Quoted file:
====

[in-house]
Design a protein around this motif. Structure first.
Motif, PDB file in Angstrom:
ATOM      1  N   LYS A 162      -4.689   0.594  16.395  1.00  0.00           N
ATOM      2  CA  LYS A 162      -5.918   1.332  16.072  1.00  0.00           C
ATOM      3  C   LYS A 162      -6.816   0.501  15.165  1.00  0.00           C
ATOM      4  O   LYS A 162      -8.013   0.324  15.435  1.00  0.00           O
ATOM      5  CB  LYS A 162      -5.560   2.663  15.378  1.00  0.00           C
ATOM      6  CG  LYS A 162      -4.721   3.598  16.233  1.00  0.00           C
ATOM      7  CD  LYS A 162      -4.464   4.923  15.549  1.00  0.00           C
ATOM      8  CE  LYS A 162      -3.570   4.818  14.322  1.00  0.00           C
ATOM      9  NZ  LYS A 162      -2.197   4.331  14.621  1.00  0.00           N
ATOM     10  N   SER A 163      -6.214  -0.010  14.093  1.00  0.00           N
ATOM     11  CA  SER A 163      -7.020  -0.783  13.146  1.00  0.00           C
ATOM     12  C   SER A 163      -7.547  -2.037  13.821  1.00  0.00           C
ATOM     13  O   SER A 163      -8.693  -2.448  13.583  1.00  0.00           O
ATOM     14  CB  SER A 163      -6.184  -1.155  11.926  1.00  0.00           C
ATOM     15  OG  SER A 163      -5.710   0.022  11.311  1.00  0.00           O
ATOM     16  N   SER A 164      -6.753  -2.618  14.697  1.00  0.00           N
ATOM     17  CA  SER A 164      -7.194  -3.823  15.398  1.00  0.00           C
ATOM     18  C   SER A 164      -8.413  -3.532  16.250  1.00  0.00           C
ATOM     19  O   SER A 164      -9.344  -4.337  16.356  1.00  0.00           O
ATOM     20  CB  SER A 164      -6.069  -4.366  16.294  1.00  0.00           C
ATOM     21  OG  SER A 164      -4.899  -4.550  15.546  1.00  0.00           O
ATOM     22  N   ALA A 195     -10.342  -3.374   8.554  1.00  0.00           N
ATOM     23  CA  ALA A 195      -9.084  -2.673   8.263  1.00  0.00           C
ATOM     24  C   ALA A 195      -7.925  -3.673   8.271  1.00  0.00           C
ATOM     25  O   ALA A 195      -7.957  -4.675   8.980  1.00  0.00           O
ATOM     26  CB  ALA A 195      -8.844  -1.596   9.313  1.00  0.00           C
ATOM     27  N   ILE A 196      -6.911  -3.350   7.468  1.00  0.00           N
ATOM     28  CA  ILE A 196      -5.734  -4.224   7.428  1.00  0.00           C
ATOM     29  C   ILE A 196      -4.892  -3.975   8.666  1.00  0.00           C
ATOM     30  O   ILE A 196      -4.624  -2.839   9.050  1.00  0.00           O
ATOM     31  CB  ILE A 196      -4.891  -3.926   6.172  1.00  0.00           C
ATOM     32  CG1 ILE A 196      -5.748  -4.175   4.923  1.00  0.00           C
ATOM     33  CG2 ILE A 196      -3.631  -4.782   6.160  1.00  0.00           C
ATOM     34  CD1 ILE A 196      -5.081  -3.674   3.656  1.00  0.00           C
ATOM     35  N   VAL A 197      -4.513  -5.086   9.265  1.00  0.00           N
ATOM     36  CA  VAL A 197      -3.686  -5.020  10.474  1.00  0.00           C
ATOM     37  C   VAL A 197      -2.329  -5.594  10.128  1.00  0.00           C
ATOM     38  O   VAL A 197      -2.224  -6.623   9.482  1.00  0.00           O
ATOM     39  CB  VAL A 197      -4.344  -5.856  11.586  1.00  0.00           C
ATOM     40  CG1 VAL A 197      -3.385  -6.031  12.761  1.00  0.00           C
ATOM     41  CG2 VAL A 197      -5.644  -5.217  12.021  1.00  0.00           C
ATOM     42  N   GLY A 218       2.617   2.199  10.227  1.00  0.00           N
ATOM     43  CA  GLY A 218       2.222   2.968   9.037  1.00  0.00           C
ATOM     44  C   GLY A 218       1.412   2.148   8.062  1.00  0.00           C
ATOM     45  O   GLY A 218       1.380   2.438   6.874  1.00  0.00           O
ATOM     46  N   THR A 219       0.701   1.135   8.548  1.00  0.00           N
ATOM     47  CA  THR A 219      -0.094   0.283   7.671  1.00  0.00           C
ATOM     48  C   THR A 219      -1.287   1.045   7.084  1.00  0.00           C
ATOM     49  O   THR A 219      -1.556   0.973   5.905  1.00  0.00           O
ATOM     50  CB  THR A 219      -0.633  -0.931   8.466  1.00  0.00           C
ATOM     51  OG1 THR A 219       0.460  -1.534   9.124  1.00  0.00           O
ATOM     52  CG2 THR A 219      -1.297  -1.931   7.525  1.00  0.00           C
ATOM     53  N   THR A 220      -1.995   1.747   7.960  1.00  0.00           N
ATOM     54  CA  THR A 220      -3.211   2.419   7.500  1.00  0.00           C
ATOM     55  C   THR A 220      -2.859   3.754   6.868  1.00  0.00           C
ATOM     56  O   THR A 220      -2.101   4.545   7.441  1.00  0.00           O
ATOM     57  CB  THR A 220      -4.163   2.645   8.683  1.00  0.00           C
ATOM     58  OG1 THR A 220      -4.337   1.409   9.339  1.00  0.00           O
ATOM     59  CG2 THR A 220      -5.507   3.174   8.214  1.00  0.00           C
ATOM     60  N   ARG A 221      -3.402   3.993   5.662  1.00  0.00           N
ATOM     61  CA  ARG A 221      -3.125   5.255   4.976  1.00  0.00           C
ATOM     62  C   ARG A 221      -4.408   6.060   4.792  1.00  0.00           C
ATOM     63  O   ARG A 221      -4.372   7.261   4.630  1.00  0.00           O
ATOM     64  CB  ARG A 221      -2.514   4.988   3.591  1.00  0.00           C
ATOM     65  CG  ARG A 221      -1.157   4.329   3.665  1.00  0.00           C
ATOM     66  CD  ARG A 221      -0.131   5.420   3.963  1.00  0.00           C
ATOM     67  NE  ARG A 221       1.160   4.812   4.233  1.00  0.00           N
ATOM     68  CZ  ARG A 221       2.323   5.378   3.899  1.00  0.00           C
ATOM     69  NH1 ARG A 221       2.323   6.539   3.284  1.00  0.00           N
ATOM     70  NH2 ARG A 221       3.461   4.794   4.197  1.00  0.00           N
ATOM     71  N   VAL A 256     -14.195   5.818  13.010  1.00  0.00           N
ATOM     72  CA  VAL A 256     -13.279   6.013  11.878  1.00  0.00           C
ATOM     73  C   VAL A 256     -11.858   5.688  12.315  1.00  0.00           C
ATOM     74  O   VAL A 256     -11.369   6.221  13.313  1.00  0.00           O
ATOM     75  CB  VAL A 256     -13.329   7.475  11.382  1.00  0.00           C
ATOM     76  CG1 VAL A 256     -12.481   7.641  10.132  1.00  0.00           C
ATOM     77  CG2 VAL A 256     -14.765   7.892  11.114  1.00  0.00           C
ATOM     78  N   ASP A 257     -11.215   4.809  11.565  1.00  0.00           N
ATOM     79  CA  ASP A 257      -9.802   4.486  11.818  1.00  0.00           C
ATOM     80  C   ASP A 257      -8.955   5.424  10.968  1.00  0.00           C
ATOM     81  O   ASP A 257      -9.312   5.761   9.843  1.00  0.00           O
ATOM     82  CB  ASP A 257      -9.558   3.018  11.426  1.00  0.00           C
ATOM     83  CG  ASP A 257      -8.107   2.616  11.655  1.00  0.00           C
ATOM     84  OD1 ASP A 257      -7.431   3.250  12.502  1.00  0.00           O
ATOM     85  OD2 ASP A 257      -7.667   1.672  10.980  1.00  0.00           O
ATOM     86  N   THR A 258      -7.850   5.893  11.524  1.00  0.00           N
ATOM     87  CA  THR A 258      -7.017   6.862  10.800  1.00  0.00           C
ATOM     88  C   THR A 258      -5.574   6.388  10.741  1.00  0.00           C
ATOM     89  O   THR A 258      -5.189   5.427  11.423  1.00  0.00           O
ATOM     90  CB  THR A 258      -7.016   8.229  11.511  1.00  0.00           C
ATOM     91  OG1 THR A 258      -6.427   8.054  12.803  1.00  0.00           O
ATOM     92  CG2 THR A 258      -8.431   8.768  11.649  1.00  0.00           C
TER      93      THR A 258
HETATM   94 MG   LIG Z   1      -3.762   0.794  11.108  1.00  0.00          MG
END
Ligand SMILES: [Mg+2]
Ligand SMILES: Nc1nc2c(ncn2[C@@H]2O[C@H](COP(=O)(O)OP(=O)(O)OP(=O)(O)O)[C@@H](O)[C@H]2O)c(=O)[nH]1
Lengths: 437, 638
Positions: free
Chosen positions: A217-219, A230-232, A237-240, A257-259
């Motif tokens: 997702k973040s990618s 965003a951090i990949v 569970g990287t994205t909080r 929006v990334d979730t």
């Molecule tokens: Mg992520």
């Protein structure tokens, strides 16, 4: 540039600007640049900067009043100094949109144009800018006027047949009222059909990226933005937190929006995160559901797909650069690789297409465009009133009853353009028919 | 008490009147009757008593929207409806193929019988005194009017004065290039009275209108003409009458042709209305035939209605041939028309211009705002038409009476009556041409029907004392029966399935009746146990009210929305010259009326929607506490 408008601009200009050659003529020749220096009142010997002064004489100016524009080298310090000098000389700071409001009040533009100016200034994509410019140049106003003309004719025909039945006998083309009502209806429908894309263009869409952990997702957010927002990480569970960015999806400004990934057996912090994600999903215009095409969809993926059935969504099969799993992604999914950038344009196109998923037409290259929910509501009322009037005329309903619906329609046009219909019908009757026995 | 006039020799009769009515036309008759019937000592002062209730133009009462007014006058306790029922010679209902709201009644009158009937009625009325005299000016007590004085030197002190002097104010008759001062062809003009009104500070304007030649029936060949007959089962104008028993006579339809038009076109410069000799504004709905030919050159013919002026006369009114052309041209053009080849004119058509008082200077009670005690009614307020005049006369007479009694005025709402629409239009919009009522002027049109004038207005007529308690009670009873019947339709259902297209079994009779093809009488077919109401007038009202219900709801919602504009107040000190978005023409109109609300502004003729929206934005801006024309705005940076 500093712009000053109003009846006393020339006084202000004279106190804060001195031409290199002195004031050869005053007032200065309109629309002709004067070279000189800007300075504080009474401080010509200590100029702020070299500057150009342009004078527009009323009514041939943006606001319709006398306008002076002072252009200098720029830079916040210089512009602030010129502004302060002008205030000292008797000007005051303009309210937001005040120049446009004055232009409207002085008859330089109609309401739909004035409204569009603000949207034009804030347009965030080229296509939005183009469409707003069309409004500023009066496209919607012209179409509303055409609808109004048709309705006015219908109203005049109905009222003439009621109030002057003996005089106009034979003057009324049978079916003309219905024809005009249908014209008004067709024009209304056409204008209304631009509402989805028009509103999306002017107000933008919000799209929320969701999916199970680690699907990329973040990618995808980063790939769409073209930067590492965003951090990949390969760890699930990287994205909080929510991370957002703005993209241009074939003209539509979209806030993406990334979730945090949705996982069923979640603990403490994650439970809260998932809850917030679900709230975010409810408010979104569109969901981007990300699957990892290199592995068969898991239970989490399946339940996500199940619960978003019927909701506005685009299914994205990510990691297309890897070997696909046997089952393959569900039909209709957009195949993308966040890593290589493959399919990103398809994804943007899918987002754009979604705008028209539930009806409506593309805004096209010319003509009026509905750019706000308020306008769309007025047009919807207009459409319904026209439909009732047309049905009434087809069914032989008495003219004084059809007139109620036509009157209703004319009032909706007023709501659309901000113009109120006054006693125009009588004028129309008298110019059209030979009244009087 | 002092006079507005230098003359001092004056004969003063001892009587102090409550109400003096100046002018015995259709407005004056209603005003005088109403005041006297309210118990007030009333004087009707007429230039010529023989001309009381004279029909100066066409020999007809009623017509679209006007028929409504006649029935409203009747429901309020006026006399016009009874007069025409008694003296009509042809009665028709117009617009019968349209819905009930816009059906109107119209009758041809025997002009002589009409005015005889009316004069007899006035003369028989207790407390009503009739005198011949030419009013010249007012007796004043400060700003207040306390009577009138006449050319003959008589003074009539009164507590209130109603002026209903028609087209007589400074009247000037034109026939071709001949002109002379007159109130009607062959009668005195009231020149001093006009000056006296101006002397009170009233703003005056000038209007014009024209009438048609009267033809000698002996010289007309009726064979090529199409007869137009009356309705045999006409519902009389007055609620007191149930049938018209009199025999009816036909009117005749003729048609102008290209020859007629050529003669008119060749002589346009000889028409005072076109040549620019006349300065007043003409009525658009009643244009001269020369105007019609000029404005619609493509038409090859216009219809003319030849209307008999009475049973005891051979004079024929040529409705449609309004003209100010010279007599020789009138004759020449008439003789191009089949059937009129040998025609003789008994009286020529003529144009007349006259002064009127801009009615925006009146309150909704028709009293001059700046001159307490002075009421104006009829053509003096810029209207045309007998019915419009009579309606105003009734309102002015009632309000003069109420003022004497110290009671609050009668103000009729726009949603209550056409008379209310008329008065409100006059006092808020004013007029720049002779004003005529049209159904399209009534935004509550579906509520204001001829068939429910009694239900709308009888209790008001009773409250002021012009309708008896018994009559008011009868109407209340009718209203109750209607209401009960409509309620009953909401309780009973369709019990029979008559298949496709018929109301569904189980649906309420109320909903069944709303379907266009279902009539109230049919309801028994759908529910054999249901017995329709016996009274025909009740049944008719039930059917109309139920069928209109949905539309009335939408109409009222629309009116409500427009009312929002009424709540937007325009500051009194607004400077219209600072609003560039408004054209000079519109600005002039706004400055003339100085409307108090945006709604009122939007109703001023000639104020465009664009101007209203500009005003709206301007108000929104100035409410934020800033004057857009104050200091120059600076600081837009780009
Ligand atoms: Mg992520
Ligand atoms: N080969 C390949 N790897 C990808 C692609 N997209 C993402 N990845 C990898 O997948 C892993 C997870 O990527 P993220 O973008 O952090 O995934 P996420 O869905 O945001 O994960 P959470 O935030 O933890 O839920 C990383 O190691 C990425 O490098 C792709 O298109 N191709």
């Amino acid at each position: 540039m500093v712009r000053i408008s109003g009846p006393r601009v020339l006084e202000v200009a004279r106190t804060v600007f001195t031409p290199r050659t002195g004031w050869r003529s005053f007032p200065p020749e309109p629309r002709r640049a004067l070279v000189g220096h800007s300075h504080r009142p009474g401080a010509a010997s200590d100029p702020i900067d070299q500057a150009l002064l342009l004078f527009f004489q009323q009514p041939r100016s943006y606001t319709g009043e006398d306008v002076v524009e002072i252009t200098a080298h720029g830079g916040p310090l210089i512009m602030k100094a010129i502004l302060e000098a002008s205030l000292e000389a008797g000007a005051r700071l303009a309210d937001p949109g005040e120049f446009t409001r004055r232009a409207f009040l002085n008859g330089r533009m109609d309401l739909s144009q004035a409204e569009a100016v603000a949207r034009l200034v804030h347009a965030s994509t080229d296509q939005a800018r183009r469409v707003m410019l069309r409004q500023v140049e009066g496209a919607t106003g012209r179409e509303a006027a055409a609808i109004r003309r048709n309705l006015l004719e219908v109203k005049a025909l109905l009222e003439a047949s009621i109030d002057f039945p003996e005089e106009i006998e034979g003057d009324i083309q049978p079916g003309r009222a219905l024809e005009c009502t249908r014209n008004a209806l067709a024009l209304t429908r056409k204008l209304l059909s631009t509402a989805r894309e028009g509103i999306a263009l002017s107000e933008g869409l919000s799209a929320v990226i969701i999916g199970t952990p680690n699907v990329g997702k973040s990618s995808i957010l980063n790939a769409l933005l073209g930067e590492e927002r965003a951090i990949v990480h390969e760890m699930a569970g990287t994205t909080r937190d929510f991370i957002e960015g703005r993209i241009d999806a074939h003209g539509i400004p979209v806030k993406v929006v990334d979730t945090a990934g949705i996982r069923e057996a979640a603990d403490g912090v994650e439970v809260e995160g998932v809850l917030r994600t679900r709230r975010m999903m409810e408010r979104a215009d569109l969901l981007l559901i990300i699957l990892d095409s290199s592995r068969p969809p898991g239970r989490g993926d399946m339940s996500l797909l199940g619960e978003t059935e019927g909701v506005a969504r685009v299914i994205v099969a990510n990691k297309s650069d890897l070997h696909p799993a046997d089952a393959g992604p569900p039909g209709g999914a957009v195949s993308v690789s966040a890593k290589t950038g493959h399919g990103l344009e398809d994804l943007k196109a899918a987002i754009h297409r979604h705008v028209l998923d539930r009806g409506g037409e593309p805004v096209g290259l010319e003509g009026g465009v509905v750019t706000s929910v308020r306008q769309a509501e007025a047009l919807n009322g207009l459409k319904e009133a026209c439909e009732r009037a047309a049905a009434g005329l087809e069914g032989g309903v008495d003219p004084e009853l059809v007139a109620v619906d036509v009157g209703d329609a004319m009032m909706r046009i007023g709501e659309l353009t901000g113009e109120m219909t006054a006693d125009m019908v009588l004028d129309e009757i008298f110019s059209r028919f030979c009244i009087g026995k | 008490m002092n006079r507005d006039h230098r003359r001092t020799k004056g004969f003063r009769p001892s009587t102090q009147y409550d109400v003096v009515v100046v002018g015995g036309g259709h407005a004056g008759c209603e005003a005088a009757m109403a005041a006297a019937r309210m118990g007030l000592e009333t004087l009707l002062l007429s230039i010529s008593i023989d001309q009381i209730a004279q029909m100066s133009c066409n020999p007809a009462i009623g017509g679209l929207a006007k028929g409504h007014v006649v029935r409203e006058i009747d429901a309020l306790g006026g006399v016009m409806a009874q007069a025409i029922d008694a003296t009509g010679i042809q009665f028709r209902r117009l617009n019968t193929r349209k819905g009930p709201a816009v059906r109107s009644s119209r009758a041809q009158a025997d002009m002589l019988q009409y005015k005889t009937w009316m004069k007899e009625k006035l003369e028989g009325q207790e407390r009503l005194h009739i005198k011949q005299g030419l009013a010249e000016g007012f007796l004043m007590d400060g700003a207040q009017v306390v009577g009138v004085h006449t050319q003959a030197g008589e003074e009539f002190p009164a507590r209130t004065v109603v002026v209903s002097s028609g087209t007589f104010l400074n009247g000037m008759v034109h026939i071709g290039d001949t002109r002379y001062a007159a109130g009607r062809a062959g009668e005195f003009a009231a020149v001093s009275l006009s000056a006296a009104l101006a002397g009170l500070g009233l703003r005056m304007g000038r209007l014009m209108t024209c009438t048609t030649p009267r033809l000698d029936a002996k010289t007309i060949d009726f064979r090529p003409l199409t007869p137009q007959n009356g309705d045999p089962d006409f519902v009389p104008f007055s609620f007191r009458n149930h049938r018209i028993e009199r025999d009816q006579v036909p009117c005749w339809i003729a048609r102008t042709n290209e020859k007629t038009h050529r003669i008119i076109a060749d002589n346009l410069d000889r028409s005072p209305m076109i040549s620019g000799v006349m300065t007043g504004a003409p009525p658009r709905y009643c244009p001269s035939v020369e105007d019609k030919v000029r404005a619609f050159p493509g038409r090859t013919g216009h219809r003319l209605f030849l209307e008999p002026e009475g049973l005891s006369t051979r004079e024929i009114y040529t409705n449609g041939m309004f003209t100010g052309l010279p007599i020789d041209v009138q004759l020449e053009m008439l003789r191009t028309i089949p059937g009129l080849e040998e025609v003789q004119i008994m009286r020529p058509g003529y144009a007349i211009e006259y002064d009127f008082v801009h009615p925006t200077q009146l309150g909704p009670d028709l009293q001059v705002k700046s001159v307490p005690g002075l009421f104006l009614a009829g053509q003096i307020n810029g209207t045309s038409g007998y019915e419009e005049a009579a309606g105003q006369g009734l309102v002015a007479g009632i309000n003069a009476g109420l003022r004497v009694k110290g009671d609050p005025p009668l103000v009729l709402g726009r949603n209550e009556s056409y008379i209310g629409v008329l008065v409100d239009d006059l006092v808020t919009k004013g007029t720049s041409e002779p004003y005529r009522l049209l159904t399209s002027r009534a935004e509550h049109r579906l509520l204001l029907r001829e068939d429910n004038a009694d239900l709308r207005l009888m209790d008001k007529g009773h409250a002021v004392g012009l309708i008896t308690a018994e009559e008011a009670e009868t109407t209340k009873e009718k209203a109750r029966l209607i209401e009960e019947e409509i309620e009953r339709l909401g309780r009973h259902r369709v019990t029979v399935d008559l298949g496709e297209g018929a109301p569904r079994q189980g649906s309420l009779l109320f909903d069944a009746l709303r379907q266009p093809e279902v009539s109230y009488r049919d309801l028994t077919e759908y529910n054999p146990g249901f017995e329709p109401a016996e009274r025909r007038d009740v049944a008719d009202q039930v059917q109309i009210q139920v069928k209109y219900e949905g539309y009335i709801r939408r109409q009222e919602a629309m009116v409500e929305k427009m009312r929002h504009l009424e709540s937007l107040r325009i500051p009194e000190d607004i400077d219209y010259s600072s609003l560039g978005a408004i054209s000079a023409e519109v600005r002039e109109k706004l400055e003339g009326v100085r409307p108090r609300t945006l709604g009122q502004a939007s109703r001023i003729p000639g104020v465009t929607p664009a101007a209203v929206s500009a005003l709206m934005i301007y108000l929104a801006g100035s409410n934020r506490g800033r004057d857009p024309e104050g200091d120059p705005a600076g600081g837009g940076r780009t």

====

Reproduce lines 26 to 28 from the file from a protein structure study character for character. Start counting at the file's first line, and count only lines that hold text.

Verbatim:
ATOM     23  CA  ALA A 195      -9.084  -2.673   8.263  1.00  0.00           C
ATOM     24  C   ALA A 195      -7.925  -3.673   8.271  1.00  0.00           C
ATOM     25  O   ALA A 195      -7.957  -4.675   8.980  1.00  0.00           O